ILNews

High court hears first 'rocket docket' appeal

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In the first appeal of a juvenile case under Indiana Appellate Rule 14.1, the "rocket docket," the Indiana Supreme Court ruled the juvenile court's determination that a child shouldn't be immediately reunited with his mother until after the school year concluded - contrary to what the Department of Child Services recommended - wasn't clearly erroneous.

Also in the appeal, the Supreme Court addressed whether the juvenile court's order rejecting DCS' placement recommendation is eligible for expedited appeal under Rule 14.1; what the appropriate appellate standard for review for these types of expedited appeals is; and whether the juvenile court properly rejected DCS' recommendation.

In the case granted transfer with opinion today, In Re: T.S., a child in need of services, Indiana Department of Child Services v. LaPorte Circuit Court and LaPorte County CASA, No. 46S04-0904-JV-160, the high court first had to determine whether the juvenile court's decision was within the category of rulings appealable under App. Rule. 14.1. The rule says that orders entered under Indiana Code Section 31-34-19-6.1(f) are eligible for expedited appeal; that statute says if a juvenile court enters findings under -6.1(d) and (e), the department may appeal in an expeditious manner the juvenile court's decree under any available procedure provided by Indiana Rules of Trial Procedure or Indiana Rules of Appellate Procedure. In this case, the juvenile court entered a dispositional decree with written findings and conclusions and stated why it wasn't accepting DCS' recommendation T.S. immediately be returned to his mother's home, which satisfies subsections (d) and (e), wrote Justice Brent Dickson.

The Supreme Court agreed with DCS that I.C. Section 31-34-19-6.1(d) at the trial court level means the trial court is to accept DCS' recommendations unless they are unreasonable or contrary to the welfare of the child and the state is to presume the recommendations are correct.

"Because of the statutory presumption favoring DCS' final recommendations, juvenile courts thus lack unfettered discretion to make a contrary decision," the justice wrote.

However, the appellate review standard under this statute will be reviewed as clearly erroneous instead of an abuse of discretion. The juvenile court supported with specific factual findings its conclusion that reunification wasn't in T.S.' best interest at that time. DCS didn't show the findings failed to support the juvenile court's ruling and the high court declined to find the juvenile court's determination was clearly erroneous, wrote Justice Dickson.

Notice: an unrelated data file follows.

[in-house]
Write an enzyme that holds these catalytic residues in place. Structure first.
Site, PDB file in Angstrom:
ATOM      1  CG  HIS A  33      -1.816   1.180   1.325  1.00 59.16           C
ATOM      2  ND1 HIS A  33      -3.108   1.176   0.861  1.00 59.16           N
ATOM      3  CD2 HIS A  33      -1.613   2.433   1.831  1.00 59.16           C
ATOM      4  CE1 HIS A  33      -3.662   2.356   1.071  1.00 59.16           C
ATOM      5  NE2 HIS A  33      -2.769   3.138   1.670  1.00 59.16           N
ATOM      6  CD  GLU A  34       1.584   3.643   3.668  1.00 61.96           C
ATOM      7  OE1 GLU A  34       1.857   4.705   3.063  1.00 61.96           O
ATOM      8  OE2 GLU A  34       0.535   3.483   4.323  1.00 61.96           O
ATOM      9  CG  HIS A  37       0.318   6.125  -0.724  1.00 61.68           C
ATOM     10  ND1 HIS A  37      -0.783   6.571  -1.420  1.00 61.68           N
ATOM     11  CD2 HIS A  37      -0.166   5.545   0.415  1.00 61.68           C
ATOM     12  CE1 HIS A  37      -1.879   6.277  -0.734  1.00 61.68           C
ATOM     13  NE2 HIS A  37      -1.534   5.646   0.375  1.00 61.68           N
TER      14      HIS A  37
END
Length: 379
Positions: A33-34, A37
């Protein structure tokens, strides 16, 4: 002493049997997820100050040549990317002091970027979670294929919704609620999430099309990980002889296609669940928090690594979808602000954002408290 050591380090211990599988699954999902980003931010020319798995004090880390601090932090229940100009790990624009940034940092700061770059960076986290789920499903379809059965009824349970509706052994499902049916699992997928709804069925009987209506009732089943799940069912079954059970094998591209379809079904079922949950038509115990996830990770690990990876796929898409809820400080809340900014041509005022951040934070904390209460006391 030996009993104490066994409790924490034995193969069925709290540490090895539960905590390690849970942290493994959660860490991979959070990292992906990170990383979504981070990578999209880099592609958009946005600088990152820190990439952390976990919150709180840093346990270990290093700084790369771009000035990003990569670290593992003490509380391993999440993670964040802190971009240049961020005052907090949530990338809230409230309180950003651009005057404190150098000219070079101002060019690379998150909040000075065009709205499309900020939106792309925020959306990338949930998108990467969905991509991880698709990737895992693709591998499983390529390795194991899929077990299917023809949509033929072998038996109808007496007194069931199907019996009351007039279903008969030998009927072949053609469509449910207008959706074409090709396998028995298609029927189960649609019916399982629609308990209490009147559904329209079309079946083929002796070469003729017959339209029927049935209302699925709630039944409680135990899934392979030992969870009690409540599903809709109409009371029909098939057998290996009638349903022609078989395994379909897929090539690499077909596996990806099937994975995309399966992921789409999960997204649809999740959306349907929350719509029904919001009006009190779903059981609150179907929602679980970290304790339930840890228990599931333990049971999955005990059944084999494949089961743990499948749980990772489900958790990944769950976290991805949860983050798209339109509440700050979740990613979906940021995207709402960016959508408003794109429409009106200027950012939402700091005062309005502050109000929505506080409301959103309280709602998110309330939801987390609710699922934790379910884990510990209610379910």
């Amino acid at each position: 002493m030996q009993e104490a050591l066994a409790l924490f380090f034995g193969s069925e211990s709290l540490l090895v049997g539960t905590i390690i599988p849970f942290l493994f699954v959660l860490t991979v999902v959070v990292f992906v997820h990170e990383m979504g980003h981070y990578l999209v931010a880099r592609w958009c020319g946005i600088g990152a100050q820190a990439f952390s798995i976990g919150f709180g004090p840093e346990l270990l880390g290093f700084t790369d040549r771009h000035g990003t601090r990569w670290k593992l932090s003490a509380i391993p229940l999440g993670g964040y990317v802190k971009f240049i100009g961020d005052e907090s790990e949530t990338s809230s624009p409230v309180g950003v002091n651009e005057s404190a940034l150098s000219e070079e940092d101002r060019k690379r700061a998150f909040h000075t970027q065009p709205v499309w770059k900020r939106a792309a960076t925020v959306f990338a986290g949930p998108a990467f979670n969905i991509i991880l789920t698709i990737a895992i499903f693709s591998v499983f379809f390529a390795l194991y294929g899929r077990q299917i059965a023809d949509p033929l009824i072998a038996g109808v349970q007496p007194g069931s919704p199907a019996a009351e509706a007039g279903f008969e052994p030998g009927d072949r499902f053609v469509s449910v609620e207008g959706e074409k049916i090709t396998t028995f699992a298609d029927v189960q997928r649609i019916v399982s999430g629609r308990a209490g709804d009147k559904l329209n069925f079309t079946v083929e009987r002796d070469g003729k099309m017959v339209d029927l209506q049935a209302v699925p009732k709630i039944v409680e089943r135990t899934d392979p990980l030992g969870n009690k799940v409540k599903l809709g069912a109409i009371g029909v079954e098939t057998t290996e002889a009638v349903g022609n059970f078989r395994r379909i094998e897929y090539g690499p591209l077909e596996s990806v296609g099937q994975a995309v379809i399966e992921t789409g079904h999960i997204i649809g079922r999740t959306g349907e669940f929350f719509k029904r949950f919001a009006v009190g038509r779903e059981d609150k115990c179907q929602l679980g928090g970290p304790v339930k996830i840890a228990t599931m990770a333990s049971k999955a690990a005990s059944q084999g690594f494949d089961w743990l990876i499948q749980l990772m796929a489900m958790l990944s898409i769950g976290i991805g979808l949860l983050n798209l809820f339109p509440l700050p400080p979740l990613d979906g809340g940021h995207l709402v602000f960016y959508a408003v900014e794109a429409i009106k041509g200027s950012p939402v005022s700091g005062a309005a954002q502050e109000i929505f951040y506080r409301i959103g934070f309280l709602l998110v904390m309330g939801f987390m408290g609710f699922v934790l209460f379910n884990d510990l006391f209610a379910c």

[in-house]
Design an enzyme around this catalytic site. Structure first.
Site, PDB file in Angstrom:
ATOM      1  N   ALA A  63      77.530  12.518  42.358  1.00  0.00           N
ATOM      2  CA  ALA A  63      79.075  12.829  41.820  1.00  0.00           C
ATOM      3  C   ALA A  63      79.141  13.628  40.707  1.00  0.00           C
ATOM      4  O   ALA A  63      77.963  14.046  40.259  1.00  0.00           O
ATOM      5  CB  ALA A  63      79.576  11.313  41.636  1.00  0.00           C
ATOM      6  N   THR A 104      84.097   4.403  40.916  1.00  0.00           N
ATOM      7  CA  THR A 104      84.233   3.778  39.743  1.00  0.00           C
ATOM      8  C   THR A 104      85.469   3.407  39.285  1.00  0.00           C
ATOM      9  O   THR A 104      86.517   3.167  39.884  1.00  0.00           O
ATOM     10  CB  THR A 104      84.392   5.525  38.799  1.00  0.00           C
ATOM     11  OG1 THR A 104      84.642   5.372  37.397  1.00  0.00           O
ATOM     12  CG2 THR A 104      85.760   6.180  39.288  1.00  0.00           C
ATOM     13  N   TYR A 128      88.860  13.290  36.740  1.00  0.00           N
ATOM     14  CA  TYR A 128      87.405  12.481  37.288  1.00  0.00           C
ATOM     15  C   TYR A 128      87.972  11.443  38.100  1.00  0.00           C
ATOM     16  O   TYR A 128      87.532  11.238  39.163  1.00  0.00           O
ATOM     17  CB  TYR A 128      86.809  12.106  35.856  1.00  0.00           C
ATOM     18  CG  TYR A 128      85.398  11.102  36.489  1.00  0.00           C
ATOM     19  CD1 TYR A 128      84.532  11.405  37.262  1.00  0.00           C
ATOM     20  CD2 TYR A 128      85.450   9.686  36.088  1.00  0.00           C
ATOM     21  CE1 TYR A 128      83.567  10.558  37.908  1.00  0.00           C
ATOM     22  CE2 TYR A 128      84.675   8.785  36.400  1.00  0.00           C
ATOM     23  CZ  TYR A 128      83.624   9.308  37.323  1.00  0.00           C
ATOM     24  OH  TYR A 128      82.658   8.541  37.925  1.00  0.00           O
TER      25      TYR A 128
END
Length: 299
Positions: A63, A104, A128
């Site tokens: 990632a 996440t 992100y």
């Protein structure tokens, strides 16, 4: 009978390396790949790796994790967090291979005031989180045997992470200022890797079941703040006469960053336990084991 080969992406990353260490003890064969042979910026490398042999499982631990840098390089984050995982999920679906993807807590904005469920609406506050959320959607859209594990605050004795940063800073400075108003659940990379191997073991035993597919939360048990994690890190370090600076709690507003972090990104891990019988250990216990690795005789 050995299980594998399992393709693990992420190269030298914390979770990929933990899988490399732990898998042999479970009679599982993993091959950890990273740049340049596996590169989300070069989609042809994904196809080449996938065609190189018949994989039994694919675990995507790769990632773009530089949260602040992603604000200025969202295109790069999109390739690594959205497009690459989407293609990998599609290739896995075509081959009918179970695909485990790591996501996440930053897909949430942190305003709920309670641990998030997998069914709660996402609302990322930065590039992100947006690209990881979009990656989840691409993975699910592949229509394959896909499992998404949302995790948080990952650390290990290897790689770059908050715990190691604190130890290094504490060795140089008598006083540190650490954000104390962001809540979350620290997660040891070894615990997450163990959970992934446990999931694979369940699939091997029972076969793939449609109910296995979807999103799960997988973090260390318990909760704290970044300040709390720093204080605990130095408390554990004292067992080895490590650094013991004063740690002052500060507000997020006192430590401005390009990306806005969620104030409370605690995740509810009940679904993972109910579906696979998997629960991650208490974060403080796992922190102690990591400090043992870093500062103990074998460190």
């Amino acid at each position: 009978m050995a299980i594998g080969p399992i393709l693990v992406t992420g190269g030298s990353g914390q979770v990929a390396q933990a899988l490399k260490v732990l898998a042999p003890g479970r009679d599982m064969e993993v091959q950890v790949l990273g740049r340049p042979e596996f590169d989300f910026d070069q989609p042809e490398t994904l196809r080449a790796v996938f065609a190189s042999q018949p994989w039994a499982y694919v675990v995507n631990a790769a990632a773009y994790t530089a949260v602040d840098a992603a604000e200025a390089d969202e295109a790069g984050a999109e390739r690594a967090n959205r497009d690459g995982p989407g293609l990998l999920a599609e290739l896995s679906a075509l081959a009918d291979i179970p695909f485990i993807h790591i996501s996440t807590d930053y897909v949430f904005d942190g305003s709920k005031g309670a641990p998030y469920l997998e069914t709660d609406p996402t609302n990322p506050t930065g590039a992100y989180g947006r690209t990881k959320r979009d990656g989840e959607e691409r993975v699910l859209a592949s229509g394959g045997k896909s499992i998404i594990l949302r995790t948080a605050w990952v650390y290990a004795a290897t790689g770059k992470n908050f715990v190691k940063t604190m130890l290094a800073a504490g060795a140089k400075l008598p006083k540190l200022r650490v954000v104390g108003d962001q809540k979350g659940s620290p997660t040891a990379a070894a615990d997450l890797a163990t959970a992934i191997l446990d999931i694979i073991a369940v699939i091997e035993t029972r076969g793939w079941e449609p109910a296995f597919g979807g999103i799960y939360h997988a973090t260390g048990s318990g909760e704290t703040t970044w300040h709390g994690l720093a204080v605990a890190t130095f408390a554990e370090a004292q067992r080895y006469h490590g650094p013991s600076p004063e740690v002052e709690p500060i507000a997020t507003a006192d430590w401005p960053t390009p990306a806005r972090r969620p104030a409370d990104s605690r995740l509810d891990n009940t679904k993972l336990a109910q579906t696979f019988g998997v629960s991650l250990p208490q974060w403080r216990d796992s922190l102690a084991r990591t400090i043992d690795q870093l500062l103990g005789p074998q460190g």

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  1. I gave tempparry guardship to a friend of my granddaughter in 2012. I went to prison. I had custody. My daughter went to prison to. We are out. My daughter gave me custody but can get her back. She was not order to give me custody . but now we want granddaughter back from friend. She's 14 now. What rights do we have

  2. This sure is not what most who value good governance consider the Rule of Law to entail: "In a letter dated March 2, which Brizzi forwarded to IBJ, the commission dismissed the grievance “on grounds that there is not reasonable cause to believe that you are guilty of misconduct.”" Yet two month later reasonable cause does exist? (Or is the commission forging ahead, the need for reasonable belief be damned? -- A seeming violation of the Rules of Profession Ethics on the part of the commission) Could the rule of law theory cause one to believe that an explanation is in order? Could it be that Hoosier attorneys live under Imperial Law (which is also a t-word that rhymes with infamy) in which the Platonic guardians can do no wrong and never owe the plebeian class any explanation for their powerful actions. (Might makes it right?) Could this be a case of politics directing the commission, as celebrated IU Mauer Professor (the late) Patrick Baude warned was happening 20 years ago in his controversial (whisteblowing) ethics lecture on a quite similar topic: http://www.repository.law.indiana.edu/cgi/viewcontent.cgi?article=1498&context=ilj

  3. I have a case presently pending cert review before the SCOTUS that reveals just how Indiana regulates the bar. I have been denied licensure for life for holding the wrong views and questioning the grand inquisitors as to their duties as to state and federal constitutional due process. True story: https://www.scribd.com/doc/299040839/2016Petitionforcert-to-SCOTUS Shorter, Amici brief serving to frame issue as misuse of govt licensure: https://www.scribd.com/doc/312841269/Thomas-More-Society-Amicus-Brown-v-Ind-Bd-of-Law-Examiners

  4. Here's an idea...how about we MORE heavily regulate the law schools to reduce the surplus of graduates, driving starting salaries up for those new grads, so that we can all pay our insane amount of student loans off in a reasonable amount of time and then be able to afford to do pro bono & low-fee work? I've got friends in other industries, radiology for example, and their schools accept a very limited number of students so there will never be a glut of new grads and everyone's pay stays high. For example, my radiologist friend's school accepted just six new students per year.

  5. I totally agree with John Smith.

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